We start with daily-updated reporting in three key areas with this release: Location page performance, SERP rankings, and reputation. All of these are available not only within a single location view, but aggregated across all locations in your account, or by locations you’ve tagged with our custom labels.

Location page performance

The goal of our new Performance section is to distill the online traffic metrics that matter most to brick-and-mortar businesses into a single digestible screen. After a simple two-click authentication of your Google Analytics account, you’ll see a breakdown of your traffic sources by percentage:

Clicking into each of the traffic sources on the righthand side will show you the breakdown of traffic from those sources by device type.

There’s also an ordered list of all prominent local directories that are sending potential customers to your website. While we haven’t yet integrated impression data from these directories, this should give you a relative indicator of customer engagement on each.

traffic_directories.png

We’re hoping to add even more performance metrics, including Google My Business and other primary consumer destinations, as they become available.

Visibility

The Visibility section houses your location-focused ranking reports, with a breakdown of how well you’re performing, both in local packs and in organic results. Similar to the visibility score in Moz Analytics, we’ve combined your rankings across both types of results into a single metric that’s designed to reflect the likelihood that a searcher will click on a result for your business when searching a given keyword.

The Visibility section also lets you see how you stack up against your competitors — up to three at a time. But rather than preselecting a particular competitor, you can choose any competitor you’d like to compare yourself to on the fly.

And, of course, we give you the metrics in full table view below (CSV export coming soon) if you prefer to get a little more granular with your visibility analysis by keyword.

We’ve got a number of other innovative features planned for release later in the beta period, including taking barnacle positions into account (originally heard through Will Scott) when calculating your visibility score, and tracking additional knowledge panel and universal search entries that are appearing for your keywords.

Reputation

The Reputation section is probably the most straightforward of the bunch — a simple display of how your review acquisition efforts are progressing, both in terms of volume and the ratings that people are leaving for your business.

There’s also a distribution of where people are leaving reviews, so you have a sense of what sites your customers are leaving reviews on, and which ones might need a little extra TLC.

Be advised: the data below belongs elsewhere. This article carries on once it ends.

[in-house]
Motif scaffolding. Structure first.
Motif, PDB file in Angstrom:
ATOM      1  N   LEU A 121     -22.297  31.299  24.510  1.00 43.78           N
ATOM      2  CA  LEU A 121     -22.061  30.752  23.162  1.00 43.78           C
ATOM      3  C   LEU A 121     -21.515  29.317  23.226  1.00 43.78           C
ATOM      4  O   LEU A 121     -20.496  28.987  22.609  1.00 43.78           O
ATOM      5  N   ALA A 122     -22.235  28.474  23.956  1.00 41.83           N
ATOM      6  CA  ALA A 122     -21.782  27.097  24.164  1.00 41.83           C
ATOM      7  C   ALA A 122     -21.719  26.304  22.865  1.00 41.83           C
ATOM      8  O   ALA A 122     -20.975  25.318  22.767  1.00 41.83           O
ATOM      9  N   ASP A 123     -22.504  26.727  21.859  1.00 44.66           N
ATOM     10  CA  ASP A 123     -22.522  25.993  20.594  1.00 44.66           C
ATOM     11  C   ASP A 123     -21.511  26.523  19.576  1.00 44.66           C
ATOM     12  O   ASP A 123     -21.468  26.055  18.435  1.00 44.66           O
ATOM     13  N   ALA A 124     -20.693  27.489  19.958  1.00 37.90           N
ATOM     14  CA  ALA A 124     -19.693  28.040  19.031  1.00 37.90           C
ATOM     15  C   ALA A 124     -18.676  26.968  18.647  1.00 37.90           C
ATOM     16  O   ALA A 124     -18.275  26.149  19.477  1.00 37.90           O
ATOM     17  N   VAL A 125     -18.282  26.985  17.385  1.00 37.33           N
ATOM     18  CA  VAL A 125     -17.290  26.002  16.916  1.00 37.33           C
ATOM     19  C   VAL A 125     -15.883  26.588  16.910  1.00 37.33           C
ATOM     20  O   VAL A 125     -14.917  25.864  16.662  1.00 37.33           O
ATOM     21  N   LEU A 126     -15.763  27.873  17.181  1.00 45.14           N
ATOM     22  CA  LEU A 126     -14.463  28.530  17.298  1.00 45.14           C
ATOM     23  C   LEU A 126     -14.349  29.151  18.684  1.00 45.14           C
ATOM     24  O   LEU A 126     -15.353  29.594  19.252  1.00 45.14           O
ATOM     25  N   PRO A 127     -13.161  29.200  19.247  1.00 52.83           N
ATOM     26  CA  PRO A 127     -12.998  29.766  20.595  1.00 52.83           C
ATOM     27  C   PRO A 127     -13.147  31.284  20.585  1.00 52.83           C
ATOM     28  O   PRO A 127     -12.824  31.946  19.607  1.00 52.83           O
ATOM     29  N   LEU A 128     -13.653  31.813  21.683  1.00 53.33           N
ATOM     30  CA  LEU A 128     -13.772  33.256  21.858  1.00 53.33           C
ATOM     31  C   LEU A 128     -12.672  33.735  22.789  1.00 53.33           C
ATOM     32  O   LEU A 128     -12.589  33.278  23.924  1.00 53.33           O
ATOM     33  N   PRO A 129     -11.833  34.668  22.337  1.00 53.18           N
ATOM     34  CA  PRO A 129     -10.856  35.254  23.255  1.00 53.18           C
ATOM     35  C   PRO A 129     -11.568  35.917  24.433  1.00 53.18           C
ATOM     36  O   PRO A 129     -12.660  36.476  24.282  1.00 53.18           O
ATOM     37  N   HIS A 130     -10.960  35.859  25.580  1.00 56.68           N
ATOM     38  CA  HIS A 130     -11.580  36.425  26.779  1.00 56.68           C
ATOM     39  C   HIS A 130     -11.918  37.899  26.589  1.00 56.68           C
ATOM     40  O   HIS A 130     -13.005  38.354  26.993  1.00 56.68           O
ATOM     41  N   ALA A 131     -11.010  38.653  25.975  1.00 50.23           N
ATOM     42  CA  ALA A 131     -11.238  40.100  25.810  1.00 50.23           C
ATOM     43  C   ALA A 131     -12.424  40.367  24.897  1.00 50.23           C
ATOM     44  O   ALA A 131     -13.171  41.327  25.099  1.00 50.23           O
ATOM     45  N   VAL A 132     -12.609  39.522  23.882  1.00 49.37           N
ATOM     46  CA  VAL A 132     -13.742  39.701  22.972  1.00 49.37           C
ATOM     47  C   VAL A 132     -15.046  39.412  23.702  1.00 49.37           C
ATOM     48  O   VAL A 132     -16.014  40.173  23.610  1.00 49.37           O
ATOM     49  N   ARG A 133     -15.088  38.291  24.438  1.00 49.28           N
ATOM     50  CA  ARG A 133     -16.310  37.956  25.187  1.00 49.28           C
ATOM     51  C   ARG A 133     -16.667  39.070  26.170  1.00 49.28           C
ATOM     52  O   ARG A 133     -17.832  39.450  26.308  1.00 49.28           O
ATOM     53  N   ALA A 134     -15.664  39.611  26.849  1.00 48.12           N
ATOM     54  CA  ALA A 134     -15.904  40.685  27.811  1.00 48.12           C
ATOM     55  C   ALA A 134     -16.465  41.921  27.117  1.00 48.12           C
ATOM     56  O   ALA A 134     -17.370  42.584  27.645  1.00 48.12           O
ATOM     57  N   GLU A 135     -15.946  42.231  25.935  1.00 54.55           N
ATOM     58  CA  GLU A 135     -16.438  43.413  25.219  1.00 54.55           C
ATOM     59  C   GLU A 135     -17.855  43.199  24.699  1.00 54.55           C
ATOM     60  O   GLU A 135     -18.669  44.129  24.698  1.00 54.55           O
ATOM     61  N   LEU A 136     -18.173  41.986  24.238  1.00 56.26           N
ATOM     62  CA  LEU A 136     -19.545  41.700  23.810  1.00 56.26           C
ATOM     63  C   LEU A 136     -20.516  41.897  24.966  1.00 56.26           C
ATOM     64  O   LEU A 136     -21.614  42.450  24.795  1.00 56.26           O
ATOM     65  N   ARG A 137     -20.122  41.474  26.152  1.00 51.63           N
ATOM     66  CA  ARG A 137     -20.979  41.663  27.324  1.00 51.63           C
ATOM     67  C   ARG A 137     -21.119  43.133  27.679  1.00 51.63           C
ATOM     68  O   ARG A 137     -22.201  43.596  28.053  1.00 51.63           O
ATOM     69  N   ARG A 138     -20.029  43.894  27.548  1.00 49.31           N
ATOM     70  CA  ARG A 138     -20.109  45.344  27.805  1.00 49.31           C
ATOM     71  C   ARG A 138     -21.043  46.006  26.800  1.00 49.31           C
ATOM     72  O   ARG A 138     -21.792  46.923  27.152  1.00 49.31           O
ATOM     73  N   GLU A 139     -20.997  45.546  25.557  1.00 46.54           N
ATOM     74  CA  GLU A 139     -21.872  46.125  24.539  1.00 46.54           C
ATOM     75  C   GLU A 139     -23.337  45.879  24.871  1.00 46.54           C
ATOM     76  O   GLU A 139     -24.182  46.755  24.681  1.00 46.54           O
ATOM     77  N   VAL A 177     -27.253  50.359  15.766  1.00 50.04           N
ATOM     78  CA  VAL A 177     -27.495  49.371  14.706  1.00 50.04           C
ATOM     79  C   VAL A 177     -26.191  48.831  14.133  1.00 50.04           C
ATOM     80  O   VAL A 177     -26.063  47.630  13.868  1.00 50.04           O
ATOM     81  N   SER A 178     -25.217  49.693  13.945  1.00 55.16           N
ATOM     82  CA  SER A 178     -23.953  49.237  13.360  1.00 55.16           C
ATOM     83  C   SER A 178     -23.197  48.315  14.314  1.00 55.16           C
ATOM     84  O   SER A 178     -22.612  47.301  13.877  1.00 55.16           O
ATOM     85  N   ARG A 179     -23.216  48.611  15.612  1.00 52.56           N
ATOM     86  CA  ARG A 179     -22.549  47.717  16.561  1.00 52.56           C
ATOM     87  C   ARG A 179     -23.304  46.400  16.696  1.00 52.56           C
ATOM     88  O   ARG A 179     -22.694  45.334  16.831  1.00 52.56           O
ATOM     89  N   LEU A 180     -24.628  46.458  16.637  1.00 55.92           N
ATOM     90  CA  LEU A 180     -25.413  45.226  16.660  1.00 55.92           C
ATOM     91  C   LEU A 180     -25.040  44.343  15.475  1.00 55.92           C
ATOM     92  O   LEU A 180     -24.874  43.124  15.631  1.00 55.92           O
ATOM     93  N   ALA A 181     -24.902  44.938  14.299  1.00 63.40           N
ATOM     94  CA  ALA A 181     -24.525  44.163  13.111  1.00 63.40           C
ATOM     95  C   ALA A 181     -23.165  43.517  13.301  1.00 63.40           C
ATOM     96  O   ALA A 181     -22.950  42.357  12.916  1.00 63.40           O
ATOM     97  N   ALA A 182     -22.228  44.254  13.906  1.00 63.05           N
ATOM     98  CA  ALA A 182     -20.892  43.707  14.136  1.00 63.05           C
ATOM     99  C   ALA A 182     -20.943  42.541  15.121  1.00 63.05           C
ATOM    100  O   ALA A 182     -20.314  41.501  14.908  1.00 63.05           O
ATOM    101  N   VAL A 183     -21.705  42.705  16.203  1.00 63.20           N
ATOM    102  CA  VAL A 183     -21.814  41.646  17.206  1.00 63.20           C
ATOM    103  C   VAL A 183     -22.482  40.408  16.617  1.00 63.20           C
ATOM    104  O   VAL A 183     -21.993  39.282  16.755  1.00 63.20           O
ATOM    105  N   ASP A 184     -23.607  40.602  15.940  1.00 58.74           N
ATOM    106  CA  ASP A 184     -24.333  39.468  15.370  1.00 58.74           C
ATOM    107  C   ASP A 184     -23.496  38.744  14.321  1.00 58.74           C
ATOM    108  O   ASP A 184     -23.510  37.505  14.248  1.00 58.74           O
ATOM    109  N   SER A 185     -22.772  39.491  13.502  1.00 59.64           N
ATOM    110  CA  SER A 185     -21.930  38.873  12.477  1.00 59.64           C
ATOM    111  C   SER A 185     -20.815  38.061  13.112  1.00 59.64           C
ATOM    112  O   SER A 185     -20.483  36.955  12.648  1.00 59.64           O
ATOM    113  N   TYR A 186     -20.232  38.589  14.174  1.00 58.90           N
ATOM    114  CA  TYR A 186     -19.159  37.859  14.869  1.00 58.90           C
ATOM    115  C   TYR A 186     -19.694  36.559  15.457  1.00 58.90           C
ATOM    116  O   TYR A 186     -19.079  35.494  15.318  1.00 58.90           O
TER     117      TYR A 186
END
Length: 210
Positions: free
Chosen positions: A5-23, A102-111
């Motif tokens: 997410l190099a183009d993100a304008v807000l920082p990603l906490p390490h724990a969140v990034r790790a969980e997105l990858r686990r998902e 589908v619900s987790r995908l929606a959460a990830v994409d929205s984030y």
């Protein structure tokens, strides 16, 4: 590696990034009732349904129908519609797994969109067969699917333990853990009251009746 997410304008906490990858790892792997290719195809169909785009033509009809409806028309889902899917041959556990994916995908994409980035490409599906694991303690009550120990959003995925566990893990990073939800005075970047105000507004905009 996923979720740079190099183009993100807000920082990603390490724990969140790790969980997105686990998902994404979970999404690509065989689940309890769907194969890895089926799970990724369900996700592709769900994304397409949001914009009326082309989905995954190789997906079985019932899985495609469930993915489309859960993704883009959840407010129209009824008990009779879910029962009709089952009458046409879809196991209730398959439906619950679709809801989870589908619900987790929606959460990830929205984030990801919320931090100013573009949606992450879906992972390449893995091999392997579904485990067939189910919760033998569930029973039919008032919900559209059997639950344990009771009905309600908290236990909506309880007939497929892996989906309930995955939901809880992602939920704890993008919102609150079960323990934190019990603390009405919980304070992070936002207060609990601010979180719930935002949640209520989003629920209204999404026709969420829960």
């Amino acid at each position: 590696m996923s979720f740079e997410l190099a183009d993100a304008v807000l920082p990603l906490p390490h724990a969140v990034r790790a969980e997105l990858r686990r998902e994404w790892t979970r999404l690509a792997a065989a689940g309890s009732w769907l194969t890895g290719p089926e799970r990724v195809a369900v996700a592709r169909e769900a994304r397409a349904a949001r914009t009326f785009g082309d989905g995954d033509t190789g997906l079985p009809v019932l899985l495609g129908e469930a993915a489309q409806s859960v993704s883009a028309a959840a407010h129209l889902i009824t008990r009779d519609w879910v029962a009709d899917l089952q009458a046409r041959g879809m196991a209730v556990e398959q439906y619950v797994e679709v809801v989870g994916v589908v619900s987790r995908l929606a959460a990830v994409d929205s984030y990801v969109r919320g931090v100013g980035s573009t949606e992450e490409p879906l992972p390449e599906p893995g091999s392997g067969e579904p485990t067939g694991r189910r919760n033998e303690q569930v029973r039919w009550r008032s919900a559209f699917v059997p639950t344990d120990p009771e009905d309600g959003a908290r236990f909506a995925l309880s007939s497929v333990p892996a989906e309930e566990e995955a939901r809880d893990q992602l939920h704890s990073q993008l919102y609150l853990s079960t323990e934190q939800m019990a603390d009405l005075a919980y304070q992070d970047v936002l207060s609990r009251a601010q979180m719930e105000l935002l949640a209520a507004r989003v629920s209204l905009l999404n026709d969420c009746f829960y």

Over time, we’ll be expanding this section to include many more review sources, sentiment analysis, and the ability to receive notifications and summaries of new reviews.


What’s next?

You tell us! This is a true beta, and we’ll be paying close attention to your feedback over the next couple of months.

Search Insights is already enabled for all Moz Local customers by default. Just log in to your dashboard and let us know what you think. And if you’re not yet a Moz Local customer, sign up today to take Search Insights for a free spin during our beta period.

There’s a lot of underlying infrastructure beneath the surface of this release that will allow us to add new features on a modular basis moving forward, and we’re already working on improvements, such as custom date range selection, CSV exporting, emailed reports, and notifications. But your feedback will help us prioritize and add new features to the roadmap.

Before I sign off, I want to give a huge thank you to our engineering, design and UX, marketing, and community teams for their hard work, assistance, and patience as we worked to release Moz Local Search Insights into the wild. And most importantly, thank you to you guys — our customers — whose feedback has already proven invaluable and will be even more so as we enter the newest phase of Moz Local!

Sign up for The Moz Top 10, a semimonthly mailer updating you on the top ten hottest pieces of SEO news, tips, and rad links uncovered by the Moz team. Think of it as your exclusive digest of stuff you don’t have time to hunt down but want to read!


Source: Moz

General Principles of Personal Jurisdiction in Defamation Cases 0

Due process permits state courts to exercise personal jurisdiction over nonresidents who have “minimum contacts” with the forum state. “Minimum contacts” means a relationship between the nonresident and the forum state is such that the exercise of jurisdiction does not offend “traditional notions of fair play and substantial justice” under the U.S. Constitution’s Fourteenth Amendment Due Process Clause. Applying this “minimum contacts” analysis, a Court may obtain either specific or general jurisdiction over the defendant. Specific jurisdiction is proper when the defendant’s “contacts with the forum give rise to the cause of action before the court.” The question is “whether the cause of action arises out of or has a substantial connection with that activity.” Conversely, “when the cause of action does not arise out of or relate to the . . . activities in the forum state,” the state is exercising “general jurisdiction over the defendant.” General jurisdiction is available if the defendant’s activities in the forum are substantial, continuous, and systematic; if so, the foreign defendant is subject to suit in the forum on matters unrelated to his or her contacts to the forum.